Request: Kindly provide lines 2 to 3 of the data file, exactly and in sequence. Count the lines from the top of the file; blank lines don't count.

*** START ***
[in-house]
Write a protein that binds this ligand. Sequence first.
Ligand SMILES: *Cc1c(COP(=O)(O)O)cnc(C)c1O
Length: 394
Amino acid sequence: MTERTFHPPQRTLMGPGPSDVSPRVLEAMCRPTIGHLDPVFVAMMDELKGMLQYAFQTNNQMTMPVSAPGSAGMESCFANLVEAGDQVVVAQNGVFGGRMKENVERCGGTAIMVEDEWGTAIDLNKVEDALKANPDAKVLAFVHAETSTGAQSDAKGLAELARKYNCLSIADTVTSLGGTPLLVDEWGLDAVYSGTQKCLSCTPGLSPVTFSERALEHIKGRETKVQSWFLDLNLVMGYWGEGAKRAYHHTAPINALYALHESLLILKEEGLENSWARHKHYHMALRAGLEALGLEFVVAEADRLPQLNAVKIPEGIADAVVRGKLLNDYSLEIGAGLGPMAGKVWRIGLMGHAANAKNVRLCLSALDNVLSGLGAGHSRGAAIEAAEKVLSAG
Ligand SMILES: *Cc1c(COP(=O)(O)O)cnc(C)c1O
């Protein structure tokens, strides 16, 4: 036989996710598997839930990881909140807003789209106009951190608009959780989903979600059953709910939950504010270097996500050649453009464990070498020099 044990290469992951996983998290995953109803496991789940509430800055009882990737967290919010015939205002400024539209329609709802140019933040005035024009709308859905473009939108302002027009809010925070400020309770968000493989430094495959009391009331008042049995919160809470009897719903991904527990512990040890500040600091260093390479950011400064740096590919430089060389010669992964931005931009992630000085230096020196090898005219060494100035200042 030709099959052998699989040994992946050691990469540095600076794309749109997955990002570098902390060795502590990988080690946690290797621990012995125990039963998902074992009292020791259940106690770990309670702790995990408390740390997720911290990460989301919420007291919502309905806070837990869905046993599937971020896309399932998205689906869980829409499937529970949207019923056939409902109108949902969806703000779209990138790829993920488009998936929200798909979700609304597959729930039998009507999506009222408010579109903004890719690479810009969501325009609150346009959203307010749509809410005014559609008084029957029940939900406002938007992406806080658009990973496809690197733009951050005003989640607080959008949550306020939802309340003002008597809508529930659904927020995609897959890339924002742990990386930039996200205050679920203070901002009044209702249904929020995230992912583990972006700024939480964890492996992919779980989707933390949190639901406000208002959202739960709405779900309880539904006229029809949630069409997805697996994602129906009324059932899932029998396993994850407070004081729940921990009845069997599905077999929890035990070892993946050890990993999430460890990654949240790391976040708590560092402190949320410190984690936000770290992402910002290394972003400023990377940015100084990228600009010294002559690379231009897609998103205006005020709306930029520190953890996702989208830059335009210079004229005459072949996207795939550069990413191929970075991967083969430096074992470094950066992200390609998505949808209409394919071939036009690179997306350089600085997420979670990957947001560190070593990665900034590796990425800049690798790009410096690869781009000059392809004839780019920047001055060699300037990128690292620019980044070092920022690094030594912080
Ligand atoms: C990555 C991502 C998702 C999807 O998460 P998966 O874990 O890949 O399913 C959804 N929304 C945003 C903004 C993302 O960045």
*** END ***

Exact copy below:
Write a protein that binds this ligand. Sequence first.
Ligand SMILES: *Cc1c(COP(=O)(O)O)cnc(C)c1O